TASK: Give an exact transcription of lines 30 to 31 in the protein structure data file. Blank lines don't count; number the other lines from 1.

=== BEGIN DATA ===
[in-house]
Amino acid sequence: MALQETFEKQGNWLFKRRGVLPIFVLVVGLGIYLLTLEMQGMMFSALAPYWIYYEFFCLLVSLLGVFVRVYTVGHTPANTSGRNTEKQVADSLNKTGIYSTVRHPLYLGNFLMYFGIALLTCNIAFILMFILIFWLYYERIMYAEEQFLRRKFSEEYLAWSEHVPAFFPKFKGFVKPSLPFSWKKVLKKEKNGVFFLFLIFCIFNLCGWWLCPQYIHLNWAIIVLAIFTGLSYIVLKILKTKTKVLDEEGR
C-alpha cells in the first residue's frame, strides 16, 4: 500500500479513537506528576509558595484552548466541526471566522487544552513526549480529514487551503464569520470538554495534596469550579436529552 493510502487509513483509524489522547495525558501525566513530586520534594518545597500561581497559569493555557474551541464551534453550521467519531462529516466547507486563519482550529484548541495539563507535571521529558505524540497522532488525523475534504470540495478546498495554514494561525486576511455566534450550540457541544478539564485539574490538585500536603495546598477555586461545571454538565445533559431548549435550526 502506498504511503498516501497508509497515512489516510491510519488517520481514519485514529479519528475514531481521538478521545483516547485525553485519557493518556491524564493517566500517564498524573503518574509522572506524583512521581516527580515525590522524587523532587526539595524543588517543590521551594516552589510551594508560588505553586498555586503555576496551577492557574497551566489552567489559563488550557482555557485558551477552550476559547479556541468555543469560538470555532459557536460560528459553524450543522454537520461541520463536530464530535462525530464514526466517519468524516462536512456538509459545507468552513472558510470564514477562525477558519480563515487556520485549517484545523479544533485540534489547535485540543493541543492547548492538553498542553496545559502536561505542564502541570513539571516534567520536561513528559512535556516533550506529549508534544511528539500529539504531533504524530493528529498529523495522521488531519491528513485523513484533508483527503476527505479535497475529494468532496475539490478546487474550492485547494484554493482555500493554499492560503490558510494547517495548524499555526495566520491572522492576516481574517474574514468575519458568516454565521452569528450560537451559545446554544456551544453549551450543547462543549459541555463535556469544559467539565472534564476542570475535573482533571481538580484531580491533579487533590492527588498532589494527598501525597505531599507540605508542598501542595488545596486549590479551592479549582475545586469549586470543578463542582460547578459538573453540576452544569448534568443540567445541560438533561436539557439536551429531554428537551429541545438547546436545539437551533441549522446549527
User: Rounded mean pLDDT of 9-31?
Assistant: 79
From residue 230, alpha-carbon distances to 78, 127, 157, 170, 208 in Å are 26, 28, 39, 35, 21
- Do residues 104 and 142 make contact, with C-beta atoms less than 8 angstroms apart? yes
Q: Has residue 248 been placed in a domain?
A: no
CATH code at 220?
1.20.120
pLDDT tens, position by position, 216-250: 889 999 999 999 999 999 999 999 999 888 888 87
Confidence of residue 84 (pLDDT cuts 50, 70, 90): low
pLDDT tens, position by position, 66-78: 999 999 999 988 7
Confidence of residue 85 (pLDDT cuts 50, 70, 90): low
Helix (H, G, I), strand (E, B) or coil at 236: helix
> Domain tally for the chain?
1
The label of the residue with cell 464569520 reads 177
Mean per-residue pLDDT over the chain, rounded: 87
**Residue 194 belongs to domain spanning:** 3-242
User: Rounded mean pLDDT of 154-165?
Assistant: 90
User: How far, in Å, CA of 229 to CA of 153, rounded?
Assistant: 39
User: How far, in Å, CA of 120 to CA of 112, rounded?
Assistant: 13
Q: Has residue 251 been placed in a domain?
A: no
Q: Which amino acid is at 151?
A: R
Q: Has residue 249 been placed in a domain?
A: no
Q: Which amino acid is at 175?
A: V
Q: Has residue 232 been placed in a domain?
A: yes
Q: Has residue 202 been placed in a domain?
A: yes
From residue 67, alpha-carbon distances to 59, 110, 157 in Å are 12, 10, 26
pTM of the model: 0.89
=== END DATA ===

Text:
Q: Which amino acid is at 151?
A: R